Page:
Swiss meeting sets ProTour opener’s date

    A meeting of the International Cycling Union’s PoTour Council in Switzerland has confirmed the dates for next year’s Tour Down Under, in Adelaide, Australia. The race will be held from January 16 – 23, 2011, as the ProTour’s opening round announced Tour Down Under race director Mike Turtur.

    “The 2010 Santos Tour Down Under was the biggest and most successful race yet and we are looking forward to another great event in 2011,” he said. “The race has become an integral part of the global racing calendar and continues to grow in popularity.

    “Thousands of visitors from across the world came to Adelaide in January to see cycling legends like Lance Armstrong and Cadel Evans compete on our roads,” he added. “I'm sure the 2011 race will generate just as much excitement and anticipation among cycling fans.”

    This year the event attracted over three quarters of a million spectators and approximately 40,000 visitors from interstate and overseas, according to South Australian Tourism.

    The format remains unchanged for 2011, with a pre-race criterium to be staged on Sunday, January 16, before the UCI ProTour race commences on the following Tuesday.

  • HTC-Columbia director credits Giro break

    Stage five winner Jerome Pineau (Quick Step) uncorks some bubbly after his first Grand Tour victory.
    Article published:
    May 14, 2010, 4:21 BST
    Jean-François Quénet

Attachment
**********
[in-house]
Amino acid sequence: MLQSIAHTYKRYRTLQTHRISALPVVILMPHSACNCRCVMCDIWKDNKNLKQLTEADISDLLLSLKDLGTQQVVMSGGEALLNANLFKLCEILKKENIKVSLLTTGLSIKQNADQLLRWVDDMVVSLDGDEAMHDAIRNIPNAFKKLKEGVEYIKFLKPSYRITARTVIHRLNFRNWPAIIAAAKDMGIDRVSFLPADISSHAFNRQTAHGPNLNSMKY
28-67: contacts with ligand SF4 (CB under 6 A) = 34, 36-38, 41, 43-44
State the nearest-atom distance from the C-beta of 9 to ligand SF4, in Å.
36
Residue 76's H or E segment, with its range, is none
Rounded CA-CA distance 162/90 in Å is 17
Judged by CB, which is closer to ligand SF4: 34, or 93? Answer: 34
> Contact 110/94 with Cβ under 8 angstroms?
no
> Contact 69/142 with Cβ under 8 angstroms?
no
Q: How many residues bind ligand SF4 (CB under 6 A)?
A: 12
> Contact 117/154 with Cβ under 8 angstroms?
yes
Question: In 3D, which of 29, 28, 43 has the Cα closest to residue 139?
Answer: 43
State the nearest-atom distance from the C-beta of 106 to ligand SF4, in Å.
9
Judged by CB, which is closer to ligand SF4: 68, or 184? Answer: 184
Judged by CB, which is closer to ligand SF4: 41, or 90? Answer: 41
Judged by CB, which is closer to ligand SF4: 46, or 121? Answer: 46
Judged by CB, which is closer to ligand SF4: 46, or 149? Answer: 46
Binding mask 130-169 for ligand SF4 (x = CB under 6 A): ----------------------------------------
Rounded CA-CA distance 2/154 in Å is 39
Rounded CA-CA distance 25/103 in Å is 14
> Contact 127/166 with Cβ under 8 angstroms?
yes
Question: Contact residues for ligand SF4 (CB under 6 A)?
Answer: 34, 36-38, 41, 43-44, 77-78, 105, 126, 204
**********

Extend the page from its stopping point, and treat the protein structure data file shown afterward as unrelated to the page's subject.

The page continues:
McEwen blames the road book

    Stage 5 was a missed opportunity for sprinters to win at the Giro d'Italia. Losing teams like Lampre, HTC-Columbia, and Garmin-Transitions, blamed each other for not having closed the gap to breakaway riders Yukiya Arashiro, Julien Fouchard and stage winner Jérôme Pineau.

    "What can I say? We chased as well," a visibly angry Andre Greipel said at the finish. HTC-Columbia directeur sportif Valerio Piva explained: "Lampre controlled it most of the time. If you pull the bunch and bring the gap down to three minutes, it means you want to make it but you put yourself in difficulty because who would come and help? He [Lampre DS Fabrio Bontempi] never came and asked for help. We have contributed to the chase with 60km to go. Garmin also did."

    It came down to the usual dilemma. "If you close the gap too quickly, there is a risk of another attack," Piva added. "Some people say the ear pieces control the race. Today is the proof that it's not the case if the guys have the legs to stay away. It's their merit to have done it. They have been underestimated."

    Katusha's Robbie McEwen agreed, praising the trio despite denying the Australian of a potential stage win. "The guys in front did a superb job to stay away," he said. "Lampre pulled, HTC pulled, Liquigas was riding during the day. We did a little bit at the end. Garmin had a couple of guys there. There was enough people working but the guys in the front were just too strong. The pace was on the whole day."

    The Australian sprinter pointed to a miscalculation in the race manual. "Everyone underestimated the finishing circuit," he said. "It was nothing like in the book. The book said it was one small hill with 30 metres difference but we had about 10 hills on that circuit. The profile was not even close."

    Lampre's team manager Giuseppe Saronni added: "We don't have the capacity to keep the race under control but also a super team like HTC doesn't. The reason why we haven't...

  • Gutiérrez making late return at Picardie

    José Ivan Gutierrez (Caisse d'Epargne)
    Article published:
    May 14, 2010, 6:22 BST
    Greg Johnson

    Spaniard will train at altitude for Tour